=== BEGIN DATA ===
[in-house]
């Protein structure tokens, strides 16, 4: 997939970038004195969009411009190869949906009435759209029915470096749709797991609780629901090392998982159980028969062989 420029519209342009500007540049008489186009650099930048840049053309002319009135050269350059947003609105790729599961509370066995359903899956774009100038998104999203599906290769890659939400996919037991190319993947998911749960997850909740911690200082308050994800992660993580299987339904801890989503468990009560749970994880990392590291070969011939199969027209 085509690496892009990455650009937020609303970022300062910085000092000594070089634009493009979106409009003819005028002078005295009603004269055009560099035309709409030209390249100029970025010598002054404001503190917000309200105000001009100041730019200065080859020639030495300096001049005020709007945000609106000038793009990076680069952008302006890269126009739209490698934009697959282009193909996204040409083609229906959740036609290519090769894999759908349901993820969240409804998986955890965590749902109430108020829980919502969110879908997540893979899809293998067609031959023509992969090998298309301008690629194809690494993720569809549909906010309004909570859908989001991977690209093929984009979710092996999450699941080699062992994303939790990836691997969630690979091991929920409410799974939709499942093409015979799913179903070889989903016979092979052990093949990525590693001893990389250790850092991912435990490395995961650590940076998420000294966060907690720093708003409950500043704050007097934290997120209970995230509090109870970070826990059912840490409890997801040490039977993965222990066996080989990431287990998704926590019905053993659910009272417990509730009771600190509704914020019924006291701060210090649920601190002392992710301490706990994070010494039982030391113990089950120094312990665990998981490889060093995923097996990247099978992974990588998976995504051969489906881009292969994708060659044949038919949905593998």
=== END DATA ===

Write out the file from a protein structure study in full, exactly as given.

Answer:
[in-house]
């Protein structure tokens, strides 16, 4: 997939970038004195969009411009190869949906009435759209029915470096749709797991609780629901090392998982159980028969062989 420029519209342009500007540049008489186009650099930048840049053309002319009135050269350059947003609105790729599961509370066995359903899956774009100038998104999203599906290769890659939400996919037991190319993947998911749960997850909740911690200082308050994800992660993580299987339904801890989503468990009560749970994880990392590291070969011939199969027209 085509690496892009990455650009937020609303970022300062910085000092000594070089634009493009979106409009003819005028002078005295009603004269055009560099035309709409030209390249100029970025010598002054404001503190917000309200105000001009100041730019200065080859020639030495300096001049005020709007945000609106000038793009990076680069952008302006890269126009739209490698934009697959282009193909996204040409083609229906959740036609290519090769894999759908349901993820969240409804998986955890965590749902109430108020829980919502969110879908997540893979899809293998067609031959023509992969090998298309301008690629194809690494993720569809549909906010309004909570859908989001991977690209093929984009979710092996999450699941080699062992994303939790990836691997969630690979091991929920409410799974939709499942093409015979799913179903070889989903016979092979052990093949990525590693001893990389250790850092991912435990490395995961650590940076998420000294966060907690720093708003409950500043704050007097934290997120209970995230509090109870970070826990059912840490409890997801040490039977993965222990066996080989990431287990998704926590019905053993659910009272417990509730009771600190509704914020019924006291701060210090649920601190002392992710301490706990994070010494039982030391113990089950120094312990665990998981490889060093995923097996990247099978992974990588998976995504051969489906881009292969994708060659044949038919949905593998």